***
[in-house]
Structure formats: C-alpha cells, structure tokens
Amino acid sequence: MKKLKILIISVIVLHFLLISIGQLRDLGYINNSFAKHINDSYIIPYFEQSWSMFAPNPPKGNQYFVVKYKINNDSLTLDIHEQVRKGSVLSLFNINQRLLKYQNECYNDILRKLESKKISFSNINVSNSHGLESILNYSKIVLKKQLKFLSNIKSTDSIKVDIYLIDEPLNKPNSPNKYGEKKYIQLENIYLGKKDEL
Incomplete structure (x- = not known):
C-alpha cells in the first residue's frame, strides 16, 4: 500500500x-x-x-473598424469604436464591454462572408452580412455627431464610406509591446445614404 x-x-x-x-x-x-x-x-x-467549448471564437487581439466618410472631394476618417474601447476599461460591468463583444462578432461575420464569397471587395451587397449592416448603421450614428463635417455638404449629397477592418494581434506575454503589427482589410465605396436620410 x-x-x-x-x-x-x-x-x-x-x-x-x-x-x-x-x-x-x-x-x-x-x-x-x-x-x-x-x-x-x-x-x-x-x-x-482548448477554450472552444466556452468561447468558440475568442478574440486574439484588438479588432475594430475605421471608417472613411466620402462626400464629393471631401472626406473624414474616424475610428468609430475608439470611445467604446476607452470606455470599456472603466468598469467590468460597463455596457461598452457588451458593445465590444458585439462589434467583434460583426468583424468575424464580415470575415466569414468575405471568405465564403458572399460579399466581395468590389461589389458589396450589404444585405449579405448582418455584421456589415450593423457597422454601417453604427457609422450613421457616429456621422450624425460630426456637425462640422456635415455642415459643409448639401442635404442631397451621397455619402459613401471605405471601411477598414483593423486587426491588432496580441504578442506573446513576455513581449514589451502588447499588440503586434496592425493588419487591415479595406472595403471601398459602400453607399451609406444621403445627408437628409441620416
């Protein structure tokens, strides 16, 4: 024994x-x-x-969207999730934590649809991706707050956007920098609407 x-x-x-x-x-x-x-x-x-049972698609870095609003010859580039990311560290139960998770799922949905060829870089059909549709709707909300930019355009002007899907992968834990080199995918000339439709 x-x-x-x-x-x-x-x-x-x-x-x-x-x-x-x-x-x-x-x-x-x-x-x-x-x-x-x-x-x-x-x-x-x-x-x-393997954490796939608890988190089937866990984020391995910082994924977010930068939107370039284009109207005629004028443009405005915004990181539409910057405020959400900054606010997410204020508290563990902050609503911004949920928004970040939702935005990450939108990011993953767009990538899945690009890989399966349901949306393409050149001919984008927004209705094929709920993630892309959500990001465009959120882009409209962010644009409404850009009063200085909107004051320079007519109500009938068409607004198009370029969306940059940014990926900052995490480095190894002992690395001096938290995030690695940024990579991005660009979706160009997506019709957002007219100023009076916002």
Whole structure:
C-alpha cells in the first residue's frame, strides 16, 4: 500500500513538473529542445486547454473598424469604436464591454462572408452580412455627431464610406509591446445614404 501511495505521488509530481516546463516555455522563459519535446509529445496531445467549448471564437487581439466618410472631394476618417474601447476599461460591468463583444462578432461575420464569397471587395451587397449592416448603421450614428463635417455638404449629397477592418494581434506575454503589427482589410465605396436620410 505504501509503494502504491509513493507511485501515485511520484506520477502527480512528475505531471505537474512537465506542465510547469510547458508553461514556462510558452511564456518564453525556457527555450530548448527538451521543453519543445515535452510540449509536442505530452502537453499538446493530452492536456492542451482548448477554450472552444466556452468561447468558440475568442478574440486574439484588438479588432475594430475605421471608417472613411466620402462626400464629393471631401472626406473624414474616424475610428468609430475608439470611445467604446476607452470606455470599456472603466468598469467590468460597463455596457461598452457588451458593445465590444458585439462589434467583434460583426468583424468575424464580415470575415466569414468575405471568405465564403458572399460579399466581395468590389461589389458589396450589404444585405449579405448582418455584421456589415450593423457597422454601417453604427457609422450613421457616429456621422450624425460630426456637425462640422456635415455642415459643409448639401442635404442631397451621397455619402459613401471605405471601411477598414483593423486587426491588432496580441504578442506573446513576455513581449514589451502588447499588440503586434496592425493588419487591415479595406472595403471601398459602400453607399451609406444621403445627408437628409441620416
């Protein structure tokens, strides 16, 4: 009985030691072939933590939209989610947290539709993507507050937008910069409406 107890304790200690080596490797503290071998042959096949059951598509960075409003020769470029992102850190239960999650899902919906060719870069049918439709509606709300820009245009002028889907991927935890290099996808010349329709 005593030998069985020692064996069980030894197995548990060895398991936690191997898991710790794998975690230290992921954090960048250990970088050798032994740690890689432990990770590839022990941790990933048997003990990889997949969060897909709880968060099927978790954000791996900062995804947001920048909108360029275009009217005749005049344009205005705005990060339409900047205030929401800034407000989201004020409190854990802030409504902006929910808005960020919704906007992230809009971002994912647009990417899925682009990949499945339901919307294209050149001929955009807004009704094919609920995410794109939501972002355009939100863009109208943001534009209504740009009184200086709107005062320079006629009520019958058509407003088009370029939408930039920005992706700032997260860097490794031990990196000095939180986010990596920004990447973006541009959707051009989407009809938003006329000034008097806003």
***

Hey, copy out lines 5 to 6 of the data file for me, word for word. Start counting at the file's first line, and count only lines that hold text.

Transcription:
C-alpha cells in the first residue's frame, strides 16, 4: 500500500x-x-x-473598424469604436464591454462572408452580412455627431464610406509591446445614404 x-x-x-x-x-x-x-x-x-467549448471564437487581439466618410472631394476618417474601447476599461460591468463583444462578432461575420464569397471587395451587397449592416448603421450614428463635417455638404449629397477592418494581434506575454503589427482589410465605396436620410 x-x-x-x-x-x-x-x-x-x-x-x-x-x-x-x-x-x-x-x-x-x-x-x-x-x-x-x-x-x-x-x-x-x-x-x-482548448477554450472552444466556452468561447468558440475568442478574440486574439484588438479588432475594430475605421471608417472613411466620402462626400464629393471631401472626406473624414474616424475610428468609430475608439470611445467604446476607452470606455470599456472603466468598469467590468460597463455596457461598452457588451458593445465590444458585439462589434467583434460583426468583424468575424464580415470575415466569414468575405471568405465564403458572399460579399466581395468590389461589389458589396450589404444585405449579405448582418455584421456589415450593423457597422454601417453604427457609422450613421457616429456621422450624425460630426456637425462640422456635415455642415459643409448639401442635404442631397451621397455619402459613401471605405471601411477598414483593423486587426491588432496580441504578442506573446513576455513581449514589451502588447499588440503586434496592425493588419487591415479595406472595403471601398459602400453607399451609406444621403445627408437628409441620416
């Protein structure tokens, strides 16, 4: 024994x-x-x-969207999730934590649809991706707050956007920098609407 x-x-x-x-x-x-x-x-x-049972698609870095609003010859580039990311560290139960998770799922949905060829870089059909549709709707909300930019355009002007899907992968834990080199995918000339439709 x-x-x-x-x-x-x-x-x-x-x-x-x-x-x-x-x-x-x-x-x-x-x-x-x-x-x-x-x-x-x-x-x-x-x-x-393997954490796939608890988190089937866990984020391995910082994924977010930068939107370039284009109207005629004028443009405005915004990181539409910057405020959400900054606010997410204020508290563990902050609503911004949920928004970040939702935005990450939108990011993953767009990538899945690009890989399966349901949306393409050149001919984008927004209705094929709920993630892309959500990001465009959120882009409209962010644009409404850009009063200085909107004051320079007519109500009938068409607004198009370029969306940059940014990926900052995490480095190894002992690395001096938290995030690695940024990579991005660009979706160009997506019709957002007219100023009076916002």